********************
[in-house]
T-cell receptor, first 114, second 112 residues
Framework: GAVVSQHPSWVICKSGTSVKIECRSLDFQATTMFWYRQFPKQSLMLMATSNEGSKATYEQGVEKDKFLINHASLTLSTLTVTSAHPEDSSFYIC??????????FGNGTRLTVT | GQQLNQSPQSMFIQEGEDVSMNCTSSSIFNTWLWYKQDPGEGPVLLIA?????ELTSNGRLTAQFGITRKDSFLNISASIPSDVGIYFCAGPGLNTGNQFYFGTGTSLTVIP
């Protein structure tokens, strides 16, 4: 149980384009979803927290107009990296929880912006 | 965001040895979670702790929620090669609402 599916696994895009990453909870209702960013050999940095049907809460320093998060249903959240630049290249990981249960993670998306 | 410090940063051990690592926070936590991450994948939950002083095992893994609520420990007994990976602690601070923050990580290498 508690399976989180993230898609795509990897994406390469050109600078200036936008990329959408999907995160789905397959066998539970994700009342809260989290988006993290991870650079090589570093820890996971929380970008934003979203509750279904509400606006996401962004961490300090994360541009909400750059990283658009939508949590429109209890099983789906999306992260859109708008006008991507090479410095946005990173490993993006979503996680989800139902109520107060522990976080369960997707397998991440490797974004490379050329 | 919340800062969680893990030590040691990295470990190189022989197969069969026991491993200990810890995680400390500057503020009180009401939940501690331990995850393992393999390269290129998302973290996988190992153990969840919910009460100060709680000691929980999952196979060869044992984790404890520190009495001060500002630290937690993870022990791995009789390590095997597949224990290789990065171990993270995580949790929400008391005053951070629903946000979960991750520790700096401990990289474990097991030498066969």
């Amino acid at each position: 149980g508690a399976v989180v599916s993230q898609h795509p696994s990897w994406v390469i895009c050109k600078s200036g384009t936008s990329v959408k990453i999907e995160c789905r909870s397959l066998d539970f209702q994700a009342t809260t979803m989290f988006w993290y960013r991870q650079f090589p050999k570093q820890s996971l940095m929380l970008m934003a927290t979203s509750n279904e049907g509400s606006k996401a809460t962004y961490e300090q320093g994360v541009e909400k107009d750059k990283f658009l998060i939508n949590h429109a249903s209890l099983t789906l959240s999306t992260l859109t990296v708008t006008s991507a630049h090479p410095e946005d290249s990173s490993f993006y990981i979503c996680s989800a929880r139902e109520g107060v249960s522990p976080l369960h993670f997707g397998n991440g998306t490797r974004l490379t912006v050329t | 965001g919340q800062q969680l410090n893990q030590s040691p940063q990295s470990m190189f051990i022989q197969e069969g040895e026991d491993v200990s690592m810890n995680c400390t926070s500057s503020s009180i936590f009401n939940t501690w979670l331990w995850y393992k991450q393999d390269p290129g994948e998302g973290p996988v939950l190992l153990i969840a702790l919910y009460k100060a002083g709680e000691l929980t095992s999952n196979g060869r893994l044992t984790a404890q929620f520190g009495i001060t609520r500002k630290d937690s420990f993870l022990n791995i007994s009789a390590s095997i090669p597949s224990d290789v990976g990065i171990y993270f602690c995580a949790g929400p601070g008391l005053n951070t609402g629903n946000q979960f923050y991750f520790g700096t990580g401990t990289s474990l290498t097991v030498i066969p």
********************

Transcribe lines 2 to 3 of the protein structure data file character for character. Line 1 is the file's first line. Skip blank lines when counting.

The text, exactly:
T-cell receptor, first 114, second 112 residues
Framework: GAVVSQHPSWVICKSGTSVKIECRSLDFQATTMFWYRQFPKQSLMLMATSNEGSKATYEQGVEKDKFLINHASLTLSTLTVTSAHPEDSSFYIC??????????FGNGTRLTVT | GQQLNQSPQSMFIQEGEDVSMNCTSSSIFNTWLWYKQDPGEGPVLLIA?????ELTSNGRLTAQFGITRKDSFLNISASIPSDVGIYFCAGPGLNTGNQFYFGTGTSLTVIP